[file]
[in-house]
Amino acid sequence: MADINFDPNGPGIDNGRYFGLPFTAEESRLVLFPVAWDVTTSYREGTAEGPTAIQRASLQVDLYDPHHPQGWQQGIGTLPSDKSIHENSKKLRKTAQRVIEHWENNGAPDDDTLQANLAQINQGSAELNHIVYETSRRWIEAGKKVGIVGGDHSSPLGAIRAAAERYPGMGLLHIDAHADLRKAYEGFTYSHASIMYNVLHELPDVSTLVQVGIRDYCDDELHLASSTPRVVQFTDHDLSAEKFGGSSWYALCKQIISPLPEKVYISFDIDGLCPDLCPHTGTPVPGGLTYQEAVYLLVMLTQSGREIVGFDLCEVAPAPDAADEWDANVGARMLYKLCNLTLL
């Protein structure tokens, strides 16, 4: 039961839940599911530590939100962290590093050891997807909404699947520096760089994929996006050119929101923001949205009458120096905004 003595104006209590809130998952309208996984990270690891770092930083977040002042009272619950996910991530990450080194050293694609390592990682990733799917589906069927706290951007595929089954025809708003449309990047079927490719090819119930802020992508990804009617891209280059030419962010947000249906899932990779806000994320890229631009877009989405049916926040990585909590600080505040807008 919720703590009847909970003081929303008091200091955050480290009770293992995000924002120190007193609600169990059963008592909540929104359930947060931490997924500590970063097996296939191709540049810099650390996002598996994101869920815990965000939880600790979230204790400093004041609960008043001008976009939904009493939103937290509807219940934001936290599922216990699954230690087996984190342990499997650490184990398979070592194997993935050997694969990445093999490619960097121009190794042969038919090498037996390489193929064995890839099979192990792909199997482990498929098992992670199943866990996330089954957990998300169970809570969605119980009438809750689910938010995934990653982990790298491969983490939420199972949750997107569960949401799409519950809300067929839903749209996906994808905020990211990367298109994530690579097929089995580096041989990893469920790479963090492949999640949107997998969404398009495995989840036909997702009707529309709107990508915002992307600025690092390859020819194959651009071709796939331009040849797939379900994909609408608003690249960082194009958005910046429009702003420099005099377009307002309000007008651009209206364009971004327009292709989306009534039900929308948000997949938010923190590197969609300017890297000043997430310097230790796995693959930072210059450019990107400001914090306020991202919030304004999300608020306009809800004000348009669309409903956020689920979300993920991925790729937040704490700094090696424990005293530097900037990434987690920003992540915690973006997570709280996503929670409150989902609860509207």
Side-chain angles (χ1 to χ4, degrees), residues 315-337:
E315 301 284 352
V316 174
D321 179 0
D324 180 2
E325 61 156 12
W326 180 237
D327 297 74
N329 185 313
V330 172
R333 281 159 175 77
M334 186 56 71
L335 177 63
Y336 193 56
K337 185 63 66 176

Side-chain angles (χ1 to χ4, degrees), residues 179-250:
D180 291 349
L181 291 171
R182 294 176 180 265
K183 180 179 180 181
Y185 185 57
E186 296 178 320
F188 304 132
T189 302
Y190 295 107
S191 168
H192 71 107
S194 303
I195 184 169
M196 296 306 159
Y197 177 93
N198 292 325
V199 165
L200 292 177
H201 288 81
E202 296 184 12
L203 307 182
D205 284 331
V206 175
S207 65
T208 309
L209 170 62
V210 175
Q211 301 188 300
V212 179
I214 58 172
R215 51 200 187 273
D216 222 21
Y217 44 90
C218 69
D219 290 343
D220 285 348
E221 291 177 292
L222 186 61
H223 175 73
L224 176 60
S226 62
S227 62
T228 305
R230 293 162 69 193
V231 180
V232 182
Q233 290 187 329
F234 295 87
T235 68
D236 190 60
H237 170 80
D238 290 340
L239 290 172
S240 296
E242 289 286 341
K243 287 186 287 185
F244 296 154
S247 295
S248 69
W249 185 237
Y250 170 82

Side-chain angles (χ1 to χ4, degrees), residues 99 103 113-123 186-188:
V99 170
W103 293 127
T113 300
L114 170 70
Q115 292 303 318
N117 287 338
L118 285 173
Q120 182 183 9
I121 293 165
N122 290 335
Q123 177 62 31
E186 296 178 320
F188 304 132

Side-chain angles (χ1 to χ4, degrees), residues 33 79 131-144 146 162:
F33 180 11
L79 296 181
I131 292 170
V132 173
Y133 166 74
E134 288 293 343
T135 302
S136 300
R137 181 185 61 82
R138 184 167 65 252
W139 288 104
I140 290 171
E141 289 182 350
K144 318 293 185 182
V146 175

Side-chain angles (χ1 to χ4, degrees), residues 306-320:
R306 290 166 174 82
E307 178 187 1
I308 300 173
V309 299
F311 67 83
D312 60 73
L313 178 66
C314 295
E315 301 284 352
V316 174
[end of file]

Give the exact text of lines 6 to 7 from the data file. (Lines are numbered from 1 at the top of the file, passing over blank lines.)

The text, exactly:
V316 174
D321 179 0